European Central Bank chief Mario Draghi said Tuesday that the institution “doesn’t target the exchange rate”, shrugging off an allegation of currency manipulation from US President Donald Trump. “We have our remit. We have our mandate. Our mandate is price stability” or inflation just below two percent, Draghi told a central banking conference in Sintra, Portugal.
“We are ready to use all the instruments that are ready to fulfil this mandate, and we don’t target the exchange rate,” he added.
Draghi’s statement that weak economic growth and sluggish inflation could prompt the ECB to slash further rates already at historic lows had earlier sparked Trump’s ire.
“Mario Draghi just announced more stimulus could come, which immediately dropped the Euro against the Dollar, making it unfairly easier for them to compete against the USA,” Trump said via Twitter.
“They have been getting away with this for years, along with China and others,” he added.
Draghi said in a speech that “further cuts in policy interest rates... remain part of our tools” as the bank looks to juice growth and inflation.
Eurozone policymakers had already discussed potential rate cuts in early June, but Draghi’s Tuesday remarks were the first to catch markets’ full attention.
That was in part because he said the central bank was ready to move “in the absence of improvement” rather than if economic conditions worsen, lowering the threshold for action.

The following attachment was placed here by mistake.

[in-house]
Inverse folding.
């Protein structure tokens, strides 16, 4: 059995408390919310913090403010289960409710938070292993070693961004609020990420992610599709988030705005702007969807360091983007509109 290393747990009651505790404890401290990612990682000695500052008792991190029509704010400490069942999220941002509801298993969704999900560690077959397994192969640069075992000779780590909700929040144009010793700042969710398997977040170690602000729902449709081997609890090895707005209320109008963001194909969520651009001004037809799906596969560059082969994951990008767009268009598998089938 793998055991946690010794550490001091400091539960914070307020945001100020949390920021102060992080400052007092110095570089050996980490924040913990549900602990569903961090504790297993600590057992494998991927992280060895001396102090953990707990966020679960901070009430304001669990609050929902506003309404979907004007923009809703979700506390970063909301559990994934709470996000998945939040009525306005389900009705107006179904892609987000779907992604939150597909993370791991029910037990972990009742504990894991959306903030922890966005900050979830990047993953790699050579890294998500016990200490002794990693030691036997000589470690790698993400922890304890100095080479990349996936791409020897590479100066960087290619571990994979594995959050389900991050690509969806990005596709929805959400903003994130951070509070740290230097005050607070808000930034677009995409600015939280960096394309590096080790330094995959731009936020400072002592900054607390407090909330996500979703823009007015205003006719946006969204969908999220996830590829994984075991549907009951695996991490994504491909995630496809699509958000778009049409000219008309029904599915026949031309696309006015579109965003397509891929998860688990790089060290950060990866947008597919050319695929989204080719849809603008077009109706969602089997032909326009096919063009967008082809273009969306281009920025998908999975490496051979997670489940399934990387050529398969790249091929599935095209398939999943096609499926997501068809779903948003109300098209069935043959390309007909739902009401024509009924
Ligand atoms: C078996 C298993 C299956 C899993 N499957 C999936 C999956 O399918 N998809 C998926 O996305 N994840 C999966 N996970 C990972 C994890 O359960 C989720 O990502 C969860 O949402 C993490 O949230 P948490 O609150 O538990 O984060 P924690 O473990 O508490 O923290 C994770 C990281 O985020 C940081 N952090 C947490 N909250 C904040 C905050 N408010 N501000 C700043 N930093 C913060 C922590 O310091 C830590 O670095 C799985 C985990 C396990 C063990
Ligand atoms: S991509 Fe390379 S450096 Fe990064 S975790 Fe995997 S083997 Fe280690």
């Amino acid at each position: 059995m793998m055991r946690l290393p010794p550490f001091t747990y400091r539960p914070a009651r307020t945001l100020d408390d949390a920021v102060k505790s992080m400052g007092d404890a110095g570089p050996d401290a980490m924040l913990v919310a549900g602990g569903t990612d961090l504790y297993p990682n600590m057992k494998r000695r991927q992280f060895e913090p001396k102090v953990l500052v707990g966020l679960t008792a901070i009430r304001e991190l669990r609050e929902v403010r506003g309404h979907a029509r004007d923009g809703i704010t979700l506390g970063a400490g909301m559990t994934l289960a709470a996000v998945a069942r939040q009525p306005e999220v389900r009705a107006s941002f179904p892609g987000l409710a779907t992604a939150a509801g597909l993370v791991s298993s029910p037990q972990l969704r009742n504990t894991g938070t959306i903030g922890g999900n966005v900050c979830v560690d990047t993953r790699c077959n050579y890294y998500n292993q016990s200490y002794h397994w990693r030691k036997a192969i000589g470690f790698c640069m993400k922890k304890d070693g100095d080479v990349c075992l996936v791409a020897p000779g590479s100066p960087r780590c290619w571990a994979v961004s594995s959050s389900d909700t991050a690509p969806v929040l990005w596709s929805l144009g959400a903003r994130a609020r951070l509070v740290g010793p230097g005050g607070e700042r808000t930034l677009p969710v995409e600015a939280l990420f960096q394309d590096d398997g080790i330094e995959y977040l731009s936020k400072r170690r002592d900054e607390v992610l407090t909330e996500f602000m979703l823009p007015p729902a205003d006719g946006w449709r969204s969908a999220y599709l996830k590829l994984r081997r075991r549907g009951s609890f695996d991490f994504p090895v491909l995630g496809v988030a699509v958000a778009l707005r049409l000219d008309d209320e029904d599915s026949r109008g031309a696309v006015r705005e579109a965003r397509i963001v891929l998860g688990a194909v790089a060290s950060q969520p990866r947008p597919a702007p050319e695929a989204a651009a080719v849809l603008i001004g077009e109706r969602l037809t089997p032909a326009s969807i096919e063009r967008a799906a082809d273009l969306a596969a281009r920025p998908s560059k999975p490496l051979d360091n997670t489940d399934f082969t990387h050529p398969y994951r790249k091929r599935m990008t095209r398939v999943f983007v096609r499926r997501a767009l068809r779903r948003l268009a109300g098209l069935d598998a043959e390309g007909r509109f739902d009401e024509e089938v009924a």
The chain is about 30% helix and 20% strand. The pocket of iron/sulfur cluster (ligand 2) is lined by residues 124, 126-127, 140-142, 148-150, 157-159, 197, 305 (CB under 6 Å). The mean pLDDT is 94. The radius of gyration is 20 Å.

Germany’s DAX index of blue-chip shares leapt into the black from negative territory—adding 2.1 percent around 5:15 pm (1515 GMT) -- and pushed the euro down as much as 0.3 per cent against the dollar, to USD 1.12, before rebounding slightly.
“German DAX way up due to stimulus remarks from Mario Draghi. Very unfair to the United States!” Trump tweeted.
Many of the DAX companies like carmaker BMW or chemical company Bayer in fact have a massive US presence.
And 10-year government bond yields in France briefly dipped into negative territory for the first time ever—joining Germany, the Netherlands and Austria in the club of countries investors pay to lend them money—before ticking up to 0.01 per cent mid-afternoon.
Draghi’s speech was “the clearest indication yet that the bank will cut interest rates and relaunch its asset purchase programme in the coming months if... measures of inflation and inflation expectations remain very low,” said Andrew Kenningham of Capital Economics.